Kettering Hospital builds ‘Mary Bot’ to automate Covid reporting

Kettering医院建造Mary Botto自动Covid报告

2021-01-14 07:02:37 digitalhealth


When the Covid-19 pandemic started to take hold, Kettering General Hospital had to find innovative ways to save staff time and streamline services. The solution? Robots, of course. When thinking about robotics it’s easy for the imagination to take over and before you know it you’re picturing Terminator-style robots, but the solution is far more simple than that. Kettering set out to use robotic process automation to create the trust’s daily Covid-19 situation report. All hospitals are required to submit a daily situational report including the number of beds available, whether those beds have oxygen available, the equipment available at the hospital and the availability of staff. It’s a lot of data from several departments that needs to be crunched, often taking up valuable staff time. It’s also data that software is capable of managing which can help free up staff time for patient care. Ian Roddis, digital director at the trust, told Digital Health: “We are in the business of freeing up the time of staff who are doing repetitive, possibly mundane, and inefficient tasks – we let the software do it for them. “This then frees up their time to do other tasks and, where we can, give time back to supporting patient care.” Working with Foundry4 as part of the NHSX AI Lab project, Kettering Hospital launched a robotic process automation that saves an estimated 4,400 staff hours per year – or about £150,000. Dubbed ‘Mary Bot’, affectionately named after the trust’s IT lead, the system automatically takes data from the hospital’s Medway patient administration system, provided by System C. It also collates data from the HR system and bed management system, covering the hospitals 50 wards, before producing the Covid-19 situational report to be submitted to NHS England by 11am every day. All the trust needed to do was provide Mary Bot with a login account to access the data. “Having electronic sources of this data and having robots fetching it at the right time, we could focus on making sure the right data was input and available for robots to pick up, rather than have folks walking around using paper,” Roddis said. “The two main things for me were the saving of time to allow human beings to do what human beings do best, but also reduction of error. “For me, this automation of reporting on patient flow helps clinical decision making. Things like ‘where do I put patients’ or ‘how do I treat them’ or ‘are we meeting patient needs in a timely manner’.” Ciara MacCooey, managing director of automation at Foundry 4, told Digital Health it would be “fairly straightforward” to implement a system like Mary Bot in another trust. Depending on the complexity of the system required, it takes anywhere between 10 to 25 days to build the robot, MacCooey said. “We need to work with the IT teams to get the software installed initially, but once we get the software installed and the relevant access in place it’s as simple as creating a user account for the robot in exactly the same way you do for a human,” she said. “Then it’s over to us to help build that robot.” To do that Foundry4’s experts sit down with the clinicians or NHS staff usually undertaking the work to learn step-by-step the process they usually go through. That information is then used to create a process definition document to train the robot to do the tasks in a similar way. Once the trust is happy with the product it is deployed. “One of the big benefits about robots is they can work 24/7 but also they can work across multiple processes,” MacCooey added. “So, if you get to a stage where you have 10 or 15 processes you can schedule those processes to run on a daily basis. “Within those 10 or 15 you may have a few that are critically important, so you can programme the robot to, in the first instance, always focus on these critical processes.” While Mary Bot streamlines processes required for Covid-19 her skills will last beyond the pandemic. Kettering Hospital is currently looking at ways robotics can automate GP referrals in outpatient services, allowing patients to be more actively involved in their care. For Roddis robotic process automation also has the possibility to improve interoperability across trust departments, as well as reducing errors and improving confidence in data.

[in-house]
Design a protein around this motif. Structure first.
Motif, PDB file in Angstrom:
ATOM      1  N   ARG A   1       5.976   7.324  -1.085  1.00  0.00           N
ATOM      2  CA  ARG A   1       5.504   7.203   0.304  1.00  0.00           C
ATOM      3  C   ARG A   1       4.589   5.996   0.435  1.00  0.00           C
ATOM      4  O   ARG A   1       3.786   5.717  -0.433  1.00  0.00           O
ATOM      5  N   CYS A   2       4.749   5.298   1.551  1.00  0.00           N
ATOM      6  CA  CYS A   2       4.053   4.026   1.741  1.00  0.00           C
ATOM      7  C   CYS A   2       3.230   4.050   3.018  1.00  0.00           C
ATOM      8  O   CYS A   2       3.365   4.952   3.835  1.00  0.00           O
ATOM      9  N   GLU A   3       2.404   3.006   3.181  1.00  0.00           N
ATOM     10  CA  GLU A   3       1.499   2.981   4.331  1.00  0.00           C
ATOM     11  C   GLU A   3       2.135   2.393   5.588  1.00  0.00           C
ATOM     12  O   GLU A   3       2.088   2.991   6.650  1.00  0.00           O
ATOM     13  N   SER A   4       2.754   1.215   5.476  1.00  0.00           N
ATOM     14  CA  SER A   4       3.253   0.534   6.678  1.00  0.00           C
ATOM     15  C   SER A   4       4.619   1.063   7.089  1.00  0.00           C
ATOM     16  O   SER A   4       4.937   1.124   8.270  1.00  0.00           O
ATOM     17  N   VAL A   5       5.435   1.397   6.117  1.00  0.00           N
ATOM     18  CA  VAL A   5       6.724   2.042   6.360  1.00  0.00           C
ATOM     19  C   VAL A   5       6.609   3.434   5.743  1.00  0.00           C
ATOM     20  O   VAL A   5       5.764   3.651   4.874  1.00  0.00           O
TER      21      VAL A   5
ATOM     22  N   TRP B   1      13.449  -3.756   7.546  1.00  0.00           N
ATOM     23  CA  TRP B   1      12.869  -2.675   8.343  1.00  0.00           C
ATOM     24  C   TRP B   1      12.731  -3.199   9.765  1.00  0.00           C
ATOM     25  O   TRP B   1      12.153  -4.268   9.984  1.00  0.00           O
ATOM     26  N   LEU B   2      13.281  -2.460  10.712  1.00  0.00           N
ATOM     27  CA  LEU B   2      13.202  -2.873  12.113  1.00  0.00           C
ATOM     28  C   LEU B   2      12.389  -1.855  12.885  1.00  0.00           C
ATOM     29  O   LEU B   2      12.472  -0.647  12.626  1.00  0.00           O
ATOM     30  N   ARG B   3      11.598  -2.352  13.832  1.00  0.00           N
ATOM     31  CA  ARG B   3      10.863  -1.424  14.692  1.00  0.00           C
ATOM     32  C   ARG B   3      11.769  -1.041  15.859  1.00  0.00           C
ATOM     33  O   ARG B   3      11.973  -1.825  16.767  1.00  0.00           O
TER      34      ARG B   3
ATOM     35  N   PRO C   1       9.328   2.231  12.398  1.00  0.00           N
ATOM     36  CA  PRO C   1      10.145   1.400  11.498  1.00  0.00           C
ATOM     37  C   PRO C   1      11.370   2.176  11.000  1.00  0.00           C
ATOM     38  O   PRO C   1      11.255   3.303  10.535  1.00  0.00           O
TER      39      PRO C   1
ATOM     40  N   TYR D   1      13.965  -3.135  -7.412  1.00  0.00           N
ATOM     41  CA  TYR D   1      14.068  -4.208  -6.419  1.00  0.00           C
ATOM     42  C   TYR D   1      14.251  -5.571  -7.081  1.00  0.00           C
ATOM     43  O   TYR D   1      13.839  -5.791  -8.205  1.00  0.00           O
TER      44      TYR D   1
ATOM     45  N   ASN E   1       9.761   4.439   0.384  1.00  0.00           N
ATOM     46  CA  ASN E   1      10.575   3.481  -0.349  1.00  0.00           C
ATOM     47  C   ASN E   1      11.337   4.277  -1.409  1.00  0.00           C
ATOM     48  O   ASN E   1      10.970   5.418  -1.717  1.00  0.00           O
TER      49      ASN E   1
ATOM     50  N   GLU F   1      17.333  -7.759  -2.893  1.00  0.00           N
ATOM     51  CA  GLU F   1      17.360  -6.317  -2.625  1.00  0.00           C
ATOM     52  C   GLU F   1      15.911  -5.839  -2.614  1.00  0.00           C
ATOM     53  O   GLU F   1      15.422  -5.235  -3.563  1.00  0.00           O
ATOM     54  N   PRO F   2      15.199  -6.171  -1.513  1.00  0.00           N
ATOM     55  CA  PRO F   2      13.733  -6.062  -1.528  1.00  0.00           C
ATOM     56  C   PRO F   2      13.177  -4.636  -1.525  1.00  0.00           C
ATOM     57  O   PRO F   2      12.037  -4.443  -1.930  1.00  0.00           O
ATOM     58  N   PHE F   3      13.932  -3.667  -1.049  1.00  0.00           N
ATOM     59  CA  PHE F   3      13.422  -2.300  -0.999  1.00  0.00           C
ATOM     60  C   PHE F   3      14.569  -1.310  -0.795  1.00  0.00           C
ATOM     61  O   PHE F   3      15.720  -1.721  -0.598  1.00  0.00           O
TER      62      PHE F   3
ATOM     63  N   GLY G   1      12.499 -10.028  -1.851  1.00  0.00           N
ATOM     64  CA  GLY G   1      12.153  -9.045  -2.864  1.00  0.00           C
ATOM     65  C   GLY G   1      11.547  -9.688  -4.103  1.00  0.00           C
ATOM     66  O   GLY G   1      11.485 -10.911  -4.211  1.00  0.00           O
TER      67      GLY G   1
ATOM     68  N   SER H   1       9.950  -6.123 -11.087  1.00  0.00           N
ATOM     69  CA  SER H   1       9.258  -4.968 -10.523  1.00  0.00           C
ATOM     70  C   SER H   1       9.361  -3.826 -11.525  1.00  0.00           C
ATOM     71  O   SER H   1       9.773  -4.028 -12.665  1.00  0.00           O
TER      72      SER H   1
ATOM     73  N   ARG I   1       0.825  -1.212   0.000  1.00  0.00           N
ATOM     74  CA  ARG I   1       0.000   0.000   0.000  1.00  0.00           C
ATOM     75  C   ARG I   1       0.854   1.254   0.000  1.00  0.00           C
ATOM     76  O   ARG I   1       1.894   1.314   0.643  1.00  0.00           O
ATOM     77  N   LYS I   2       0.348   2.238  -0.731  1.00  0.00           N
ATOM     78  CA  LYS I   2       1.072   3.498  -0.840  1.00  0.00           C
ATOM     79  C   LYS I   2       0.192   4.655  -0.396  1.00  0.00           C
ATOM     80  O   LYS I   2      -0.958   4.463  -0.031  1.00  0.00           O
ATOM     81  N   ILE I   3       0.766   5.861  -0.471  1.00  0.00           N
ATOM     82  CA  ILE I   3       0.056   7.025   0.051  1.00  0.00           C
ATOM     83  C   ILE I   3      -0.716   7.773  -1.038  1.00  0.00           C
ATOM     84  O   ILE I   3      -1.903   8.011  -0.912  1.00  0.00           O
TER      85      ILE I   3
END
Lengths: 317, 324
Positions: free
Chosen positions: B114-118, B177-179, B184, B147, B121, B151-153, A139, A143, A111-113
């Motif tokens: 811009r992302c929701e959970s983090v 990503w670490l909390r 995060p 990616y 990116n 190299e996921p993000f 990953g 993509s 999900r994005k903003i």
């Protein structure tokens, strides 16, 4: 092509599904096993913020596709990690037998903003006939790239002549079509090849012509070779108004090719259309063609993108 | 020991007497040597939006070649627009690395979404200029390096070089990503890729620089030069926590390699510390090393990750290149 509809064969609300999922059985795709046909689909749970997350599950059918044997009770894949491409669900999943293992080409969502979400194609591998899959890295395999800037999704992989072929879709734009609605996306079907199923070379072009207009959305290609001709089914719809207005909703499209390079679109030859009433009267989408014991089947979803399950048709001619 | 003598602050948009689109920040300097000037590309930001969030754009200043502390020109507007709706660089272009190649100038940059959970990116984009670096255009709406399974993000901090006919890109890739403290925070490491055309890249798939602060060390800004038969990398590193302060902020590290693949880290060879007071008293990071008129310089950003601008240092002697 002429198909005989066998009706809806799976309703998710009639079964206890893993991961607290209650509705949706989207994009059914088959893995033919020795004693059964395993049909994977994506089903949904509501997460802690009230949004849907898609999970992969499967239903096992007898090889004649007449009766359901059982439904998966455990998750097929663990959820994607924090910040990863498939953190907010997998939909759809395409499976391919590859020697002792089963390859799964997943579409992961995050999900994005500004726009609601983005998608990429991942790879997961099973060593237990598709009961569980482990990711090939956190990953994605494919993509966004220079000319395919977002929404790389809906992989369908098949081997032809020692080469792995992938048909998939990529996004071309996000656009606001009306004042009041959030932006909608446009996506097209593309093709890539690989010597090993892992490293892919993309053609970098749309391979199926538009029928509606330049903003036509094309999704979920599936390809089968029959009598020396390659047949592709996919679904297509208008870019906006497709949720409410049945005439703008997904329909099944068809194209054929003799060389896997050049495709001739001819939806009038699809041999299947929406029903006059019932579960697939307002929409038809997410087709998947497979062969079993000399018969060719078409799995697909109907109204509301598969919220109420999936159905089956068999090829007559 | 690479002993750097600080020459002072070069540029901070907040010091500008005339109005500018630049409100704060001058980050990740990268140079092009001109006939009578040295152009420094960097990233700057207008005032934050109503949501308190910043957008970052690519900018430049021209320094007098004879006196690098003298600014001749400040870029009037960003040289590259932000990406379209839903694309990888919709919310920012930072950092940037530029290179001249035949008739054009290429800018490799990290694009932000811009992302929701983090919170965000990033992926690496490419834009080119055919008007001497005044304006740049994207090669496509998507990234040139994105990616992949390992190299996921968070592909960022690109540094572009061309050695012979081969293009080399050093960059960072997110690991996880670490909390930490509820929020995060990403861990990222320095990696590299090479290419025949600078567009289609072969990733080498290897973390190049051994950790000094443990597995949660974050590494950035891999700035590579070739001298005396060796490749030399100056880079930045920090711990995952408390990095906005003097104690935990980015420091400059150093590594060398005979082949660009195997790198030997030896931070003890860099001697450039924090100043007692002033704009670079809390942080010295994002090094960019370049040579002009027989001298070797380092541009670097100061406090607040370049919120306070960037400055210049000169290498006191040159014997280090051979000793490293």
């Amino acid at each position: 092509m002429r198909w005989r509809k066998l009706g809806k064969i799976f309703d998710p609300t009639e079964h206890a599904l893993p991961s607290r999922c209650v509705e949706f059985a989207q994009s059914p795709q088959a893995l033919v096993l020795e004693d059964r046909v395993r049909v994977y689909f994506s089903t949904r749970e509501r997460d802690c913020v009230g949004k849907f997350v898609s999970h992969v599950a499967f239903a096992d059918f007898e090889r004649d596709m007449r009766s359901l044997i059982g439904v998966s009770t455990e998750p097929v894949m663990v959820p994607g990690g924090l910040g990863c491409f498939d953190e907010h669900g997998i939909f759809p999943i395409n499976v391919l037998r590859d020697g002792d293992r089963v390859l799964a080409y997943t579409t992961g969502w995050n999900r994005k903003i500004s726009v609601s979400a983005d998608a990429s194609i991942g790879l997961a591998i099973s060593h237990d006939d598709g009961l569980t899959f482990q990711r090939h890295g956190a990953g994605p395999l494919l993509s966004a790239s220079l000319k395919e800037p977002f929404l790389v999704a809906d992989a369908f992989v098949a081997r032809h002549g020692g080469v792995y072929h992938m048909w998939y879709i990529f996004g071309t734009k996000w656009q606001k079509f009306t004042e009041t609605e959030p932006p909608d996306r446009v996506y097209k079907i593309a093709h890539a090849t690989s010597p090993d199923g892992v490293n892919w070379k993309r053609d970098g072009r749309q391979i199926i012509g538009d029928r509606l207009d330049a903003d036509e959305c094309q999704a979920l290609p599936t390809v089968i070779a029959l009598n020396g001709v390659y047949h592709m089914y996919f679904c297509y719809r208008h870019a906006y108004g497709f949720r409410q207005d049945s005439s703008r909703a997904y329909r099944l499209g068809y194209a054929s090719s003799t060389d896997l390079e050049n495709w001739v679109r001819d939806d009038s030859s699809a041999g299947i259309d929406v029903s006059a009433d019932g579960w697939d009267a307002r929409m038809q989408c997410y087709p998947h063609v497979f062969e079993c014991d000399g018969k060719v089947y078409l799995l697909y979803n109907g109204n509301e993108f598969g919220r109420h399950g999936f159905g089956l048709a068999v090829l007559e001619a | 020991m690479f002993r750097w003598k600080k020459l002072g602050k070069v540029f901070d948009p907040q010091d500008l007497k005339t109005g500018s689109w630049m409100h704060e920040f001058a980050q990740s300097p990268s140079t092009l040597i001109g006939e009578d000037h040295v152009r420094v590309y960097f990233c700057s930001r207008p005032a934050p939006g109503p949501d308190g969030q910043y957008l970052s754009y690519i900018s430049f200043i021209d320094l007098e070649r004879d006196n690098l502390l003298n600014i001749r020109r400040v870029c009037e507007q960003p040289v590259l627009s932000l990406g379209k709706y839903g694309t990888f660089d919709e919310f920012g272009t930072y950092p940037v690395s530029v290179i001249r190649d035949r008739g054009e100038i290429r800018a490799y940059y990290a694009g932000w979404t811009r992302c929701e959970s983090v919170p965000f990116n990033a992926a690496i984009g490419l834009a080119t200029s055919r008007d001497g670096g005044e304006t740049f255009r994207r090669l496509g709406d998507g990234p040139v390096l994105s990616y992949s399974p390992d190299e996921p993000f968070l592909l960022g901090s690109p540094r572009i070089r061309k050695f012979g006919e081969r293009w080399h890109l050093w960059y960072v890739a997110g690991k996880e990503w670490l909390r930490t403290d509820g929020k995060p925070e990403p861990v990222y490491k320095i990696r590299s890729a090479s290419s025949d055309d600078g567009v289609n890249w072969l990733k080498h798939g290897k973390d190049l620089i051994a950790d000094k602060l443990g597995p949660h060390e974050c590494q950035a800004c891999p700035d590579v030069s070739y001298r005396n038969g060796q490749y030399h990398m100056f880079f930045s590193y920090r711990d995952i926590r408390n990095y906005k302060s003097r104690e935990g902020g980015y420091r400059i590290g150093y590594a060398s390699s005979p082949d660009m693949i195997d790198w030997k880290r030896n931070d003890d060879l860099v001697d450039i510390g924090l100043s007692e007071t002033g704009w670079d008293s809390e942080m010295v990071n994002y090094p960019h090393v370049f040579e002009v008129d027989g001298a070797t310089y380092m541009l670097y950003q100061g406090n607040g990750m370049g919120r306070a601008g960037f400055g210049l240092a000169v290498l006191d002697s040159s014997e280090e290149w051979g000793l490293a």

当Covid-19开始流行时,Kettering总医院不得不寻找创新的方法来节省工作人员的时间和精简服务。解决办法?当然是机器人。 在考虑机器人技术时,想象力很容易占据,在你意识到它之前,你就会想象出终结者式的机器人,但解决方案远比这简单得多。 Kettering开始使用机器人过程自动化来创建Trusts的每日Covid-19情况报告。所有医院均须提交每日情况报告,包括可供使用的病床数目,这些病床是否有氧气供应,医院可供使用的设备和可供使用的工作人员。 来自多个部门的大量数据需要处理,常常占用员工宝贵的时间。ITS还提供了软件能够管理的数据,这有助于腾出工作人员的时间进行病人护理。 该信托基金的数字主管伊恩•罗迪斯告诉数字健康:我们致力于释放工作人员的时间,这些工作人员正在做重复的,可能是平淡无奇的,效率低下的工作,我们让软件为他们做这些工作。 这样,他们就可以腾出时间做其他工作,并且在可能的情况下,把时间还给支持病人护理。 作为NHSX AI实验室项目的一部分,凯特琳医院与Foundry4合作,推出了一种机器人过程自动化,估计每年可节省4400个工作人员小时,即约15万个小时。 这套系统被称为Mary Bots,以IT领导Trusts的名字亲切地命名,它自动从system C提供的医院Medway患者管理系统中获取数据。 它还整理来自人力资源系统和病床管理系统的数据,覆盖医院的50个病房,然后制作Covid-19情况报告,在每天上午11点前提交给英国国民保健服务系统。 trust需要做的就是为Mary Bot提供一个登录帐户来访问数据。 罗迪斯说,有了这些数据的电子来源,并让机器人在正确的时间获取数据,我们就可以专注于确保输入的数据是正确的,并可供机器人提取,而不是让人们拿着纸到处走动。 对我来说,两件主要的事情是节省时间,让人类做自己最擅长的事情,同时也减少了错误。 对我来说,这种病人流量报告的自动化有助于临床决策。比如我该把病人放在哪里,我该如何治疗他们,我们是否能及时地满足病人的需求。 Foundry 4的自动化董事总经理Ciara MacCooey告诉Digital Health,在另一个信托机构中实现像Mary Bot那样的系统将相当简单。 根据所需系统的复杂程度,制造机器人需要10到25天的时间,麦库伊说。 她说:我们需要与IT团队合作,最初安装软件,但一旦我们安装好了软件,相关的访问也就到位了,就像为机器人创建一个用户账户一样简单,就像为人类创建一个用户账户一样。 然后就轮到我们来帮助建造机器人了。 为了做到这一点,Foundry4s的专家与临床医生或NHS的工作人员坐下来,学习他们通常要经历的一步一步的过程。 然后,这些信息被用来创建一个过程定义文档,以训练机器人以类似的方式完成任务。一旦信任对产品满意,就部署它。 麦库伊补充说,机器人的一大好处是它们可以全天候工作,而且还可以跨多个过程工作。 因此,如果您到达一个有10个或15个进程的阶段,您可以安排这些进程每天运行。 在这10个或15个中,你可能有一些是非常重要的,所以你可以编程机器人,在第一个例子中,总是专注于这些关键的过程。 虽然玛丽·博特简化了Covid-19所需的流程,但她的技能将持续到大流行之后。 Kettering医院目前正在研究机器人技术在门诊服务中实现全科医生转诊自动化的方法,让病人更积极地参与到他们的护理中来。 对于Roddis,机器人过程自动化也有可能提高跨信任部门的互操作性,以及减少错误和提高对数据的信心。